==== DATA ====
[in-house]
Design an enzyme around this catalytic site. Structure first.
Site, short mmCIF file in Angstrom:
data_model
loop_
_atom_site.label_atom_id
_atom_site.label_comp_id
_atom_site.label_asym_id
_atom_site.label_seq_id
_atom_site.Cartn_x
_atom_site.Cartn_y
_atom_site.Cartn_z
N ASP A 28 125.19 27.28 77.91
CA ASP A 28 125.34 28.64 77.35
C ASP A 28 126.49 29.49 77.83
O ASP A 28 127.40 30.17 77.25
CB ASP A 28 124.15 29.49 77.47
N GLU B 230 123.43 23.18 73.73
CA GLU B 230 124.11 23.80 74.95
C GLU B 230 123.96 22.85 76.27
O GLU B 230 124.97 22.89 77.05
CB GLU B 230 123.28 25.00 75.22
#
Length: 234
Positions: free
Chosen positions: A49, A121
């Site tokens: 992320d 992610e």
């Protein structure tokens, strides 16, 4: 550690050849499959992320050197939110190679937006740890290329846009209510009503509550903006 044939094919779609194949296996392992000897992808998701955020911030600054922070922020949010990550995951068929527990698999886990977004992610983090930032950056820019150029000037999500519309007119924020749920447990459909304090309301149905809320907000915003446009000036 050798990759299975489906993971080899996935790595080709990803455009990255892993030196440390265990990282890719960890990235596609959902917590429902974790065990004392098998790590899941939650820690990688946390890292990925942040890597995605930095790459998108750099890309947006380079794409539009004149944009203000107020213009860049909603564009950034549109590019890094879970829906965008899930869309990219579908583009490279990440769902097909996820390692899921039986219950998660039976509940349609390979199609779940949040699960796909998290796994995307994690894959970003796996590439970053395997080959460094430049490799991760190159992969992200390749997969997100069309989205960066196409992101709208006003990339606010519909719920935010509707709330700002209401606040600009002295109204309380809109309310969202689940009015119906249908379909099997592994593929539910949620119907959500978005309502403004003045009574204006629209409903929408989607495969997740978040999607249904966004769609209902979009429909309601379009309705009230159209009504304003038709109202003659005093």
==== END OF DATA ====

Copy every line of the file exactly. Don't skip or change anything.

[in-house]
Design an enzyme around this catalytic site. Structure first.
Site, short mmCIF file in Angstrom:
data_model
loop_
_atom_site.label_atom_id
_atom_site.label_comp_id
_atom_site.label_asym_id
_atom_site.label_seq_id
_atom_site.Cartn_x
_atom_site.Cartn_y
_atom_site.Cartn_z
N ASP A 28 125.19 27.28 77.91
CA ASP A 28 125.34 28.64 77.35
C ASP A 28 126.49 29.49 77.83
O ASP A 28 127.40 30.17 77.25
CB ASP A 28 124.15 29.49 77.47
N GLU B 230 123.43 23.18 73.73
CA GLU B 230 124.11 23.80 74.95
C GLU B 230 123.96 22.85 76.27
O GLU B 230 124.97 22.89 77.05
CB GLU B 230 123.28 25.00 75.22
#
Length: 234
Positions: free
Chosen positions: A49, A121
């Site tokens: 992320d 992610e």
């Protein structure tokens, strides 16, 4: 550690050849499959992320050197939110190679937006740890290329846009209510009503509550903006 044939094919779609194949296996392992000897992808998701955020911030600054922070922020949010990550995951068929527990698999886990977004992610983090930032950056820019150029000037999500519309007119924020749920447990459909304090309301149905809320907000915003446009000036 050798990759299975489906993971080899996935790595080709990803455009990255892993030196440390265990990282890719960890990235596609959902917590429902974790065990004392098998790590899941939650820690990688946390890292990925942040890597995605930095790459998108750099890309947006380079794409539009004149944009203000107020213009860049909603564009950034549109590019890094879970829906965008899930869309990219579908583009490279990440769902097909996820390692899921039986219950998660039976509940349609390979199609779940949040699960796909998290796994995307994690894959970003796996590439970053395997080959460094430049490799991760190159992969992200390749997969997100069309989205960066196409992101709208006003990339606010519909719920935010509707709330700002209401606040600009002295109204309380809109309310969202689940009015119906249908379909099997592994593929539910949620119907959500978005309502403004003045009574204006629209409903929408989607495969997740978040999607249904966004769609209902979009429909309601379009309705009230159209009504304003038709109202003659005093």